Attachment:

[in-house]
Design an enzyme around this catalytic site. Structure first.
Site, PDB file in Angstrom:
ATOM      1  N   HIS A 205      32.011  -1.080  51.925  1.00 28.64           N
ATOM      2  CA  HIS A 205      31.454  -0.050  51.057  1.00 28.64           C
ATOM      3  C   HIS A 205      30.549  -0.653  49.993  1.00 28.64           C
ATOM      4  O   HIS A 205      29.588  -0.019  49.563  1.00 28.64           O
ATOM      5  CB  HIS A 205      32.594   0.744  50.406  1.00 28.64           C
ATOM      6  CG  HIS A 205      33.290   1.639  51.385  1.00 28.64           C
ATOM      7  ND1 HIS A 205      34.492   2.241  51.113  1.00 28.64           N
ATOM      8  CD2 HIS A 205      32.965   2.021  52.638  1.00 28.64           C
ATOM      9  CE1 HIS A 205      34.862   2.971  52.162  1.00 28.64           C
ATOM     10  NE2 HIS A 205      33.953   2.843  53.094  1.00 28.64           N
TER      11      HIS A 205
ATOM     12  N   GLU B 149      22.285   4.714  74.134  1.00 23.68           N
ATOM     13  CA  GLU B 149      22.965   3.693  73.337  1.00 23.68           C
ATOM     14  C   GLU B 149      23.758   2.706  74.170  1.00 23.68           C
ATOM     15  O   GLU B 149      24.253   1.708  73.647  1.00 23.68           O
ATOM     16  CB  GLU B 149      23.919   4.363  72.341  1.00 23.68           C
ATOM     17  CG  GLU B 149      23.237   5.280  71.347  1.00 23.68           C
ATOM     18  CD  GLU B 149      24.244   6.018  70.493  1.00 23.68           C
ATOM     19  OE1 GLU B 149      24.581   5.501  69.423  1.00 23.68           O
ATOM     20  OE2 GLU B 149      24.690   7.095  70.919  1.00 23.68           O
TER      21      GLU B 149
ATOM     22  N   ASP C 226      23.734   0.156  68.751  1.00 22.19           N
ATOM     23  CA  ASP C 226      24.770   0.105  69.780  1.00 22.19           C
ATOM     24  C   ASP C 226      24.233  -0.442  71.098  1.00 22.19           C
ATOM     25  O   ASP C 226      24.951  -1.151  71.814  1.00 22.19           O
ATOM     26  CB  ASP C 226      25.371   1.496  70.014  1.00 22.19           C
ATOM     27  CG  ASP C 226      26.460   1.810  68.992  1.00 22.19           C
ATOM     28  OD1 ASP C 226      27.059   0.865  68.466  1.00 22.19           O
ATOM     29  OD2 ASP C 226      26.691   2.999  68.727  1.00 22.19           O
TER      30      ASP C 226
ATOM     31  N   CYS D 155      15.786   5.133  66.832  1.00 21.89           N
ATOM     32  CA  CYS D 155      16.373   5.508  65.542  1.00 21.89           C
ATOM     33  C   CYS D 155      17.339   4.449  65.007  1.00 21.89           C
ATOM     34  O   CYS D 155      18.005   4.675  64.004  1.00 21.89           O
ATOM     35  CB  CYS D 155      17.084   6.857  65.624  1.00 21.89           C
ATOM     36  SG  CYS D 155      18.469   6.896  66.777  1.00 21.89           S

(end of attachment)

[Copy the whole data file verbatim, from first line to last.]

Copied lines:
[in-house]
Design an enzyme around this catalytic site. Structure first.
Site, PDB file in Angstrom:
ATOM      1  N   HIS A 205      32.011  -1.080  51.925  1.00 28.64           N
ATOM      2  CA  HIS A 205      31.454  -0.050  51.057  1.00 28.64           C
ATOM      3  C   HIS A 205      30.549  -0.653  49.993  1.00 28.64           C
ATOM      4  O   HIS A 205      29.588  -0.019  49.563  1.00 28.64           O
ATOM      5  CB  HIS A 205      32.594   0.744  50.406  1.00 28.64           C
ATOM      6  CG  HIS A 205      33.290   1.639  51.385  1.00 28.64           C
ATOM      7  ND1 HIS A 205      34.492   2.241  51.113  1.00 28.64           N
ATOM      8  CD2 HIS A 205      32.965   2.021  52.638  1.00 28.64           C
ATOM      9  CE1 HIS A 205      34.862   2.971  52.162  1.00 28.64           C
ATOM     10  NE2 HIS A 205      33.953   2.843  53.094  1.00 28.64           N
TER      11      HIS A 205
ATOM     12  N   GLU B 149      22.285   4.714  74.134  1.00 23.68           N
ATOM     13  CA  GLU B 149      22.965   3.693  73.337  1.00 23.68           C
ATOM     14  C   GLU B 149      23.758   2.706  74.170  1.00 23.68           C
ATOM     15  O   GLU B 149      24.253   1.708  73.647  1.00 23.68           O
ATOM     16  CB  GLU B 149      23.919   4.363  72.341  1.00 23.68           C
ATOM     17  CG  GLU B 149      23.237   5.280  71.347  1.00 23.68           C
ATOM     18  CD  GLU B 149      24.244   6.018  70.493  1.00 23.68           C
ATOM     19  OE1 GLU B 149      24.581   5.501  69.423  1.00 23.68           O
ATOM     20  OE2 GLU B 149      24.690   7.095  70.919  1.00 23.68           O
TER      21      GLU B 149
ATOM     22  N   ASP C 226      23.734   0.156  68.751  1.00 22.19           N
ATOM     23  CA  ASP C 226      24.770   0.105  69.780  1.00 22.19           C
ATOM     24  C   ASP C 226      24.233  -0.442  71.098  1.00 22.19           C
ATOM     25  O   ASP C 226      24.951  -1.151  71.814  1.00 22.19           O
ATOM     26  CB  ASP C 226      25.371   1.496  70.014  1.00 22.19           C
ATOM     27  CG  ASP C 226      26.460   1.810  68.992  1.00 22.19           C
ATOM     28  OD1 ASP C 226      27.059   0.865  68.466  1.00 22.19           O
ATOM     29  OD2 ASP C 226      26.691   2.999  68.727  1.00 22.19           O
TER      30      ASP C 226
ATOM     31  N   CYS D 155      15.786   5.133  66.832  1.00 21.89           N
ATOM     32  CA  CYS D 155      16.373   5.508  65.542  1.00 21.89           C
ATOM     33  C   CYS D 155      17.339   4.449  65.007  1.00 21.89           C
ATOM     34  O   CYS D 155      18.005   4.675  64.004  1.00 21.89           O
ATOM     35  CB  CYS D 155      17.084   6.857  65.624  1.00 21.89           C
ATOM     36  SG  CYS D 155      18.469   6.896  66.777  1.00 21.89           S